Effects of Smoking on Cardiovascular Health
Over the course of the past several decades, the harmful effects of cigarette smoking have been a regular topic of discussion. Advertisements on television and radio featuring doctors’ endorsements and cartoon mascots are a thing of the past, having been banned in 1971. And in 2006, a federal court decision “concluded that the major U.S. cigarette companies had violated the federal racketeering laws, in part by fraudulently claiming that ‘low tar’ and ‘light’ cigarettes were less harmful when, in fact, the tobacco companies knew they were not.” With the potential to cause unparalleled damage to an individual’s cardiovascular health, smoking is responsible for nearly “1 in every 5 deaths in the United States each year.” Moreover, smokers “are 2 to 4 times more likely to get heart disease than nonsmokers,” and smoking “doubles a person’s risk of stroke.” However, it is worth noting that this is can all be largely mitigated by quitting smoking or not partaking in this harmful habit to begin with.
Although harmful to nearly every organ in the body, even the smallest amount of cigarette smoking can be particularly harmful to the heart and blood vessels. The chemicals in tobacco smoke not only damage your blood cells but also “the function of your heart and the structure and function of your blood vessels” — putting patients at higher risk of developing atherosclerosis. Atherosclerosis is a condition in which plaque builds up in the arteries, which is also known as hardening of the arteries. Over time, this plaque hardens and narrows the arteries, limiting “the flow of oxygen-rich blood” to one’s organs and other parts of the body.
Equally important, secondhand smoke — “the smoke that’s breathed out by a person who is smoking” or “that comes from the burning end of a cigarette, cigar, or pipe” — can cause its own harm to the heart and blood vessels. Containing many of the very same dangerous chemicals inhaled by those who do smoke, secondhand smoke can damage the hearts and blood vessels of nonsmokers, greatly increasing “adults’ risk of heart disease.” Also harmful to children and teenagers; specifically those with asthma — secondhand smoke lowers good cholesterol, raises blood pressure, and damages heart tissues.
Furthermore, smoking can cause plaque to build up in the coronary arteries — “arteries that supply blood to the heart” — in turn, causing patients to develop ischemic heart disease. Heart disease is often correlated with “chest pain, heart attack, heart failure, arrhythmias, or even death.” Compounded by additional risk factors like bad cholesterol, high blood pressure, and overweight or obesity, a smoker’s risk of heart disease can escalate immensely.
As a major cause of cardiovascular disease, smoking is a leading cause of stroke. With the potential to result in permanent brain damage, disability or death, “a stroke occurs when the blood supply to the brain is blocked or when a blood vessel in the brain bursts.” Strokes can be avoided by quitting or refraining from smoking, managing cholesterol, and controlling blood pressure.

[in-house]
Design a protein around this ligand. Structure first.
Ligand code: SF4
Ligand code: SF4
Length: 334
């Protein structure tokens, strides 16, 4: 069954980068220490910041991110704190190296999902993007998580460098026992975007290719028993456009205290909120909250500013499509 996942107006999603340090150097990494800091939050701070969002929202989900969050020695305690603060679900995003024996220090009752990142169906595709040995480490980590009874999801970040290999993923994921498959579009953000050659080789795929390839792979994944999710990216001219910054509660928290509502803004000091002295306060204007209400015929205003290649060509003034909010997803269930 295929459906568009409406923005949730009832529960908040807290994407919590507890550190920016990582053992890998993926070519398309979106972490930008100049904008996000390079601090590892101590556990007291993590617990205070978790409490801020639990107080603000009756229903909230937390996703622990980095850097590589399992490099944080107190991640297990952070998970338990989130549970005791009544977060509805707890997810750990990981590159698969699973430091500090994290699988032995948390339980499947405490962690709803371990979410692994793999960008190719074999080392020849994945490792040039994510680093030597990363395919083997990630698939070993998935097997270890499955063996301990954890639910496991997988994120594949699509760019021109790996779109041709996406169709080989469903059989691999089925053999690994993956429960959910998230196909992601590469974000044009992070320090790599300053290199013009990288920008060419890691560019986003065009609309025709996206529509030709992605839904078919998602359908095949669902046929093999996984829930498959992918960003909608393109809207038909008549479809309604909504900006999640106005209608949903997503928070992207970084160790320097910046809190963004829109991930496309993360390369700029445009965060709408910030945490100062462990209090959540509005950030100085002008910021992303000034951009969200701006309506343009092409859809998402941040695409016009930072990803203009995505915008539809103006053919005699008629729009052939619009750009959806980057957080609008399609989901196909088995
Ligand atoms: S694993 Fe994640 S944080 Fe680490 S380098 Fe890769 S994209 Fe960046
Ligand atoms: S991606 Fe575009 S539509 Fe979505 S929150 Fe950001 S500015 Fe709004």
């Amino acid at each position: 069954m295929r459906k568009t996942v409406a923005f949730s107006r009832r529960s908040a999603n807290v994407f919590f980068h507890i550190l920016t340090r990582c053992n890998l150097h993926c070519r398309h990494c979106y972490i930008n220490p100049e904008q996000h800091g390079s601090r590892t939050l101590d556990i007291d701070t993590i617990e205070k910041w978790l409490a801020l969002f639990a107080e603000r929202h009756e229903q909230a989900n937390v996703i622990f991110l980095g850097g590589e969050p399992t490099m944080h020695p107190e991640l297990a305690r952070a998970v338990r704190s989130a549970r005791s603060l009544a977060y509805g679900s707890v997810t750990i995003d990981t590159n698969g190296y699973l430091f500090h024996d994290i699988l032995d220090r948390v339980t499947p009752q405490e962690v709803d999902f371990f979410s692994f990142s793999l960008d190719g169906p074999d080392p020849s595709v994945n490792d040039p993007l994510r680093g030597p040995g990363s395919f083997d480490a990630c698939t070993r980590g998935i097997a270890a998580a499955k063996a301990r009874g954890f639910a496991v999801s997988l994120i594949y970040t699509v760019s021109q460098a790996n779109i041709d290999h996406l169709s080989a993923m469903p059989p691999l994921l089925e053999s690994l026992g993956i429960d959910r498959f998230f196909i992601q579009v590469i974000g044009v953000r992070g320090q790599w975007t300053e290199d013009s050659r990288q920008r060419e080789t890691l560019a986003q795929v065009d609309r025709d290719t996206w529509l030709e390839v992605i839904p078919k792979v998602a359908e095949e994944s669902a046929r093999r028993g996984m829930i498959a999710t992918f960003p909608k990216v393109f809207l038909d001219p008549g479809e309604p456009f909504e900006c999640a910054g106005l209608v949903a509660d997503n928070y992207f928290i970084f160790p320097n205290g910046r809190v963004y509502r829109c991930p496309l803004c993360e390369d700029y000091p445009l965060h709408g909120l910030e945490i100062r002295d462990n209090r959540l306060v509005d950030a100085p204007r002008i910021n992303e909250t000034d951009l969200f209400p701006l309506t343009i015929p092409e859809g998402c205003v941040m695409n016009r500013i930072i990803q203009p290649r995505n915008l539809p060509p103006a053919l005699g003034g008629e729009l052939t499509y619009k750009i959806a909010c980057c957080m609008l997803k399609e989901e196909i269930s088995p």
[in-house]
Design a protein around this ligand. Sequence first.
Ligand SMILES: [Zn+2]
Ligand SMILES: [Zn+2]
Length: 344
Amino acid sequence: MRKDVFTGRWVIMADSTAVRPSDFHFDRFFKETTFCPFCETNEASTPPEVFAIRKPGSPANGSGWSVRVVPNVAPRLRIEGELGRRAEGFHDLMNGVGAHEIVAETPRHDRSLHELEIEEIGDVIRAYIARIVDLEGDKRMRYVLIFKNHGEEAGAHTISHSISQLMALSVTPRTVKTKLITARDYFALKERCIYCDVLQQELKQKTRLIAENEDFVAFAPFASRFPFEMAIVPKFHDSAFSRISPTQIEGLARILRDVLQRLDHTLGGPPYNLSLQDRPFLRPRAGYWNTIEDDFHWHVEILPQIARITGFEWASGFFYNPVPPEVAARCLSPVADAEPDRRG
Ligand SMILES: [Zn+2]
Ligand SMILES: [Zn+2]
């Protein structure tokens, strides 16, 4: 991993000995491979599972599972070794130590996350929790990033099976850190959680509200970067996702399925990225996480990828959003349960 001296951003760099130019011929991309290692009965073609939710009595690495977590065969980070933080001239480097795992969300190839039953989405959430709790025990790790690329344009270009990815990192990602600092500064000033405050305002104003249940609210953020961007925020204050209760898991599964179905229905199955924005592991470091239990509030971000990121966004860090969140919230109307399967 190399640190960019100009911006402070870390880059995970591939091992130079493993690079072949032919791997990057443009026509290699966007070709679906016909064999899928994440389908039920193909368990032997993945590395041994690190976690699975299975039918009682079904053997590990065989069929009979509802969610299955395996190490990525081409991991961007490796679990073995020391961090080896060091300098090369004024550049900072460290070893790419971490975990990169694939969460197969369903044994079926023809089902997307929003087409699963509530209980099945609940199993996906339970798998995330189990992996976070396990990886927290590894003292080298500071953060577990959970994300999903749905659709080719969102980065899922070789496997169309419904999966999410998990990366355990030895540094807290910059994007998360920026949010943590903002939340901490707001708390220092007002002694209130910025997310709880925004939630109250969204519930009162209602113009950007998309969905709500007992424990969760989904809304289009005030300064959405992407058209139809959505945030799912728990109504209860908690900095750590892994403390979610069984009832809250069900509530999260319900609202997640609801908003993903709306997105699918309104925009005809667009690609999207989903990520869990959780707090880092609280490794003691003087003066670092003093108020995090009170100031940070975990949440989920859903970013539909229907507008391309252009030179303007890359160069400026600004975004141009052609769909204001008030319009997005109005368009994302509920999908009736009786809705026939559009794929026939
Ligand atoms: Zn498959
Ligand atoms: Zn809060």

Additionally, smoking puts patients at an increased risk for peripheral arterial disease. This is a condition in which “plaque builds up in the arteries that carry blood to the head, organs, and limbs.” Individuals living with peripheral arterial disease are at high risk for “heart disease, heart attack, and stroke.” Peripheral arterial disease may also result in “vascular amputation”. And smoking is very closely linked to the development of peripheral arterial disease, with “approximately 90 percent” of peripheral arterial disease patients having had a history of smoking. Individuals who smoke “even half a pack of cigarettes a day may [be at] increase[d]… risk of having [peripheral arterial disease] by up to 50 percent.” However, it is important to note that “up to 40 percent” of peripheral arterial disease patients are asymptomatic, often leaving the condition misdiagnosed. Additional risk factors for peripheral arterial disease include high blood pressure, atherosclerosis, diabetes, high cholesterol, and being over the age of 60.
All in all, smoking results in lasting and unhealthy effects to a patient’s cardiovascular health. Causing an instant and long-term rise in blood pressure and in heart rate, reducing blood flow from the heart and the amount of oxygen that reaches the body’s tissues, doubling the risk of stroke, damaging blood vessels, and increasing one’s risk for blood clots, smoking unnecessarily and avoidably harms the body. And although a difficult feat, quitting smoking — according to the AHA — “reduces the risk for heart disease, the risk for repeat heart attacks, and death by heart disease by half.” Moreover, quitting smoking can help patients significantly to manage “many key contributors to heart attack” like atherosclerosis, blood clots, and abnormal heart rhythms. After overcoming the physical nicotine addiction and habit of smoking, an individual’s smoke-free life can help to set them on the necessary path for better cardiovascular health.